Stop to rest and enjoy the scenery on your ride.

Considerations – Other things to consider would include preparing yourself for the ride. If you don’t typically ride a long distance, start practicing! Have two kits with you. The first is a tool kit for basic repairs including flat tires. Have a first aid kit, preferably with some clotting material in case of a severe emergency. Extra fuel may be a good idea if your rides are taking you to very remote areas. NEVER PASS UP A GAS STATION in remote areas. Have water with you. Have some snacks to eat, preferably something that isn’t perishable. Test your emergency starting system. Some bikes today are switching to keyless ignition with a fob. If it breaks or your lose it there should be another way for you to get going. Usually there’s a code entry system in place. If you have a key, take an spare.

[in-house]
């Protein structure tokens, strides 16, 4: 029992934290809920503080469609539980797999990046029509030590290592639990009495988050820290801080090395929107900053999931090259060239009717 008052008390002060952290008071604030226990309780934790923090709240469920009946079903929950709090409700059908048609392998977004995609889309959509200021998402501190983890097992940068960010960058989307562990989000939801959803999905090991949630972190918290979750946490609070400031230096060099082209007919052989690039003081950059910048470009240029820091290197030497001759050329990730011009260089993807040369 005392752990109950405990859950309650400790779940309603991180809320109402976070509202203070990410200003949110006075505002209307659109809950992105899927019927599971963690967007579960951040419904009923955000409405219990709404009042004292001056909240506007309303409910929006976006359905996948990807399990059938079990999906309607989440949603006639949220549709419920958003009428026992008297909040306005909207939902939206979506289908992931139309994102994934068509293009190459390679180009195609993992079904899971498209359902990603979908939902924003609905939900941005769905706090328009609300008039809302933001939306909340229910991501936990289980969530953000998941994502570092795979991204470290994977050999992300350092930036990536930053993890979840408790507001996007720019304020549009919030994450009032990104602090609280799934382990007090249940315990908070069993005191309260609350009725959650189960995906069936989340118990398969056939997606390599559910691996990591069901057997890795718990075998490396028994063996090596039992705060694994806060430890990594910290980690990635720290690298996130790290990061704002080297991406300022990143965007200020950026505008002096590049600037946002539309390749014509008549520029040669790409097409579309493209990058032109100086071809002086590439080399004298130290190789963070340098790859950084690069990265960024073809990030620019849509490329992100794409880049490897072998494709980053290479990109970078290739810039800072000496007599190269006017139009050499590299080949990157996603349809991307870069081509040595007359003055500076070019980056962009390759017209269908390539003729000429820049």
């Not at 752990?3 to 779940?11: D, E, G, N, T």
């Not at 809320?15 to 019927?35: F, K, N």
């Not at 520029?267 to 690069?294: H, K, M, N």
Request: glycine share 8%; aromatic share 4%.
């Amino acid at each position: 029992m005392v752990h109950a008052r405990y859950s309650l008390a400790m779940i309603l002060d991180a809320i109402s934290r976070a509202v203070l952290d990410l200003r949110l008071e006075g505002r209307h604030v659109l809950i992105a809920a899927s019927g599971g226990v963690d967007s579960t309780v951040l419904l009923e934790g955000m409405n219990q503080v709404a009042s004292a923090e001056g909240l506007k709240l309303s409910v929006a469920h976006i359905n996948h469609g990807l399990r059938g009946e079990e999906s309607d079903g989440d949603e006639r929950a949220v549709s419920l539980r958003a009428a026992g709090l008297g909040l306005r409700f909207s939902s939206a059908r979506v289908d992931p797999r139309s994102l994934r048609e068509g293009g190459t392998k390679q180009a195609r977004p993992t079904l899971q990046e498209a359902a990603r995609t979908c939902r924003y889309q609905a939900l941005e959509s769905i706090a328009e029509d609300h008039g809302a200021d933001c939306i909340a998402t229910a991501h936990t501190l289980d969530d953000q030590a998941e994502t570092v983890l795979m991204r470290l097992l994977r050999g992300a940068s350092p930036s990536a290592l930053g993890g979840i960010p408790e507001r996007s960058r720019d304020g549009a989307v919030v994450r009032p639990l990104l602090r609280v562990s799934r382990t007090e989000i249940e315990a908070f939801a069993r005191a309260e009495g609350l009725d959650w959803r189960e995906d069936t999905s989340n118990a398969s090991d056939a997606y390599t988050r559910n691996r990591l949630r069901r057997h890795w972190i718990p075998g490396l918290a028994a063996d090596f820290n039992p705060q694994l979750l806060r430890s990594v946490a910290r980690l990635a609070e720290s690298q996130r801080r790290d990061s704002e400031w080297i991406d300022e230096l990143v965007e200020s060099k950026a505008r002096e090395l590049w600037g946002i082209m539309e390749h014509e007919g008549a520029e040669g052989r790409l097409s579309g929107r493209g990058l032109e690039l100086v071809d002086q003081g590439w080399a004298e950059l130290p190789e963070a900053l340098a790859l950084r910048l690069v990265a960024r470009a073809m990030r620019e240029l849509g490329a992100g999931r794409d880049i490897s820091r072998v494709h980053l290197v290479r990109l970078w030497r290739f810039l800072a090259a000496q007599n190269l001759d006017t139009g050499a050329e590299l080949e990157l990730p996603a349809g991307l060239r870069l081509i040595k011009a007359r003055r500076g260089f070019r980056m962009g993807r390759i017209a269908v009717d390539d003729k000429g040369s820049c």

This is a very brief look at prepping for a distance ride, but it covers a lot of the important points. Sharing responsibilities with fellow riders can make it a better ride, too. Above all, be prepared for the unexpected. Be flexible. Stuff will happen and you just have to relax and adjust your plans. Ride safely!